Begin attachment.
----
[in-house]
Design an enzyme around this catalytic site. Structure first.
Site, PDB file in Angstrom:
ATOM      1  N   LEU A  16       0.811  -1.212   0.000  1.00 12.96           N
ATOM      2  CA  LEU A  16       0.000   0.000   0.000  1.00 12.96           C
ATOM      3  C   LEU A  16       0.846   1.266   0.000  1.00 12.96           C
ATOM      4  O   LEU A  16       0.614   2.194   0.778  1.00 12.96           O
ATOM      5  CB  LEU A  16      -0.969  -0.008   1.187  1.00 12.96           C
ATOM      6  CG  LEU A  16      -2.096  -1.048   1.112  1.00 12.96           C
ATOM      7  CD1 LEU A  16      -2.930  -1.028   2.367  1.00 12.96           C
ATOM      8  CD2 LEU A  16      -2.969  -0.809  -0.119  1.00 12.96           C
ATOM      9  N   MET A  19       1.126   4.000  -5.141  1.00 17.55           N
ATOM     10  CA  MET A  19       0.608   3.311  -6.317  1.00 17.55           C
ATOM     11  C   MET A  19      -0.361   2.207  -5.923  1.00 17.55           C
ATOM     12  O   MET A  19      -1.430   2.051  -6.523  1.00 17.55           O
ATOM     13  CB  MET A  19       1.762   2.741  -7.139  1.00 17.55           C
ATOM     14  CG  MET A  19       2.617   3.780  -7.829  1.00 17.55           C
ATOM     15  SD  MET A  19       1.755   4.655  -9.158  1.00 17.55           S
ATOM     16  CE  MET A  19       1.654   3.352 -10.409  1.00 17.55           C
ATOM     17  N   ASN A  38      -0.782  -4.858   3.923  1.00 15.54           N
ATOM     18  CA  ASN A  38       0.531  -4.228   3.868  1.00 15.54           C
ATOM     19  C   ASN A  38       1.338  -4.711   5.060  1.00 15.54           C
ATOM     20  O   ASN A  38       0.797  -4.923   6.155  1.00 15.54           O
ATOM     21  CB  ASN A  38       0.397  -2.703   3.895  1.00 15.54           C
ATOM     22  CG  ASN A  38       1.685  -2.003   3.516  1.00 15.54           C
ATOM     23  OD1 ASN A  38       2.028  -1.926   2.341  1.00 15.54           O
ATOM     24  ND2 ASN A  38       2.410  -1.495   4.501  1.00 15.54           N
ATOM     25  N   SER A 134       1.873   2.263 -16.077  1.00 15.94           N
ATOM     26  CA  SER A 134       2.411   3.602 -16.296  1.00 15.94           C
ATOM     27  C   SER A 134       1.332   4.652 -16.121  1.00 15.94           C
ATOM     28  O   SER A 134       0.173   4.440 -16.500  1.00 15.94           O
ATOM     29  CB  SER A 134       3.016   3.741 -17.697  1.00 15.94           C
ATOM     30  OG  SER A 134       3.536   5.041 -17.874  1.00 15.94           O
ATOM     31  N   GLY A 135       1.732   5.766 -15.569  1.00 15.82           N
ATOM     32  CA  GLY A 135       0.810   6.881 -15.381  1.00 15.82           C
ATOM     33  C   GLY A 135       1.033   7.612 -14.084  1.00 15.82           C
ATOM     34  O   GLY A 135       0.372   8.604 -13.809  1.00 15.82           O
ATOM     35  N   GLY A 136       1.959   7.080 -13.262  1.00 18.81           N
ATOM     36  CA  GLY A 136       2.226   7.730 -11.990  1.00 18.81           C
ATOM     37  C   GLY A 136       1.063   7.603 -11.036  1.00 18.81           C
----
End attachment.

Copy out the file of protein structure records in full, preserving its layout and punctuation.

[in-house]
Design an enzyme around this catalytic site. Structure first.
Site, PDB file in Angstrom:
ATOM      1  N   LEU A  16       0.811  -1.212   0.000  1.00 12.96           N
ATOM      2  CA  LEU A  16       0.000   0.000   0.000  1.00 12.96           C
ATOM      3  C   LEU A  16       0.846   1.266   0.000  1.00 12.96           C
ATOM      4  O   LEU A  16       0.614   2.194   0.778  1.00 12.96           O
ATOM      5  CB  LEU A  16      -0.969  -0.008   1.187  1.00 12.96           C
ATOM      6  CG  LEU A  16      -2.096  -1.048   1.112  1.00 12.96           C
ATOM      7  CD1 LEU A  16      -2.930  -1.028   2.367  1.00 12.96           C
ATOM      8  CD2 LEU A  16      -2.969  -0.809  -0.119  1.00 12.96           C
ATOM      9  N   MET A  19       1.126   4.000  -5.141  1.00 17.55           N
ATOM     10  CA  MET A  19       0.608   3.311  -6.317  1.00 17.55           C
ATOM     11  C   MET A  19      -0.361   2.207  -5.923  1.00 17.55           C
ATOM     12  O   MET A  19      -1.430   2.051  -6.523  1.00 17.55           O
ATOM     13  CB  MET A  19       1.762   2.741  -7.139  1.00 17.55           C
ATOM     14  CG  MET A  19       2.617   3.780  -7.829  1.00 17.55           C
ATOM     15  SD  MET A  19       1.755   4.655  -9.158  1.00 17.55           S
ATOM     16  CE  MET A  19       1.654   3.352 -10.409  1.00 17.55           C
ATOM     17  N   ASN A  38      -0.782  -4.858   3.923  1.00 15.54           N
ATOM     18  CA  ASN A  38       0.531  -4.228   3.868  1.00 15.54           C
ATOM     19  C   ASN A  38       1.338  -4.711   5.060  1.00 15.54           C
ATOM     20  O   ASN A  38       0.797  -4.923   6.155  1.00 15.54           O
ATOM     21  CB  ASN A  38       0.397  -2.703   3.895  1.00 15.54           C
ATOM     22  CG  ASN A  38       1.685  -2.003   3.516  1.00 15.54           C
ATOM     23  OD1 ASN A  38       2.028  -1.926   2.341  1.00 15.54           O
ATOM     24  ND2 ASN A  38       2.410  -1.495   4.501  1.00 15.54           N
ATOM     25  N   SER A 134       1.873   2.263 -16.077  1.00 15.94           N
ATOM     26  CA  SER A 134       2.411   3.602 -16.296  1.00 15.94           C
ATOM     27  C   SER A 134       1.332   4.652 -16.121  1.00 15.94           C
ATOM     28  O   SER A 134       0.173   4.440 -16.500  1.00 15.94           O
ATOM     29  CB  SER A 134       3.016   3.741 -17.697  1.00 15.94           C
ATOM     30  OG  SER A 134       3.536   5.041 -17.874  1.00 15.94           O
ATOM     31  N   GLY A 135       1.732   5.766 -15.569  1.00 15.82           N
ATOM     32  CA  GLY A 135       0.810   6.881 -15.381  1.00 15.82           C
ATOM     33  C   GLY A 135       1.033   7.612 -14.084  1.00 15.82           C
ATOM     34  O   GLY A 135       0.372   8.604 -13.809  1.00 15.82           O
ATOM     35  N   GLY A 136       1.959   7.080 -13.262  1.00 18.81           N
ATOM     36  CA  GLY A 136       2.226   7.730 -11.990  1.00 18.81           C
ATOM     37  C   GLY A 136       1.063   7.603 -11.036  1.00 18.81           C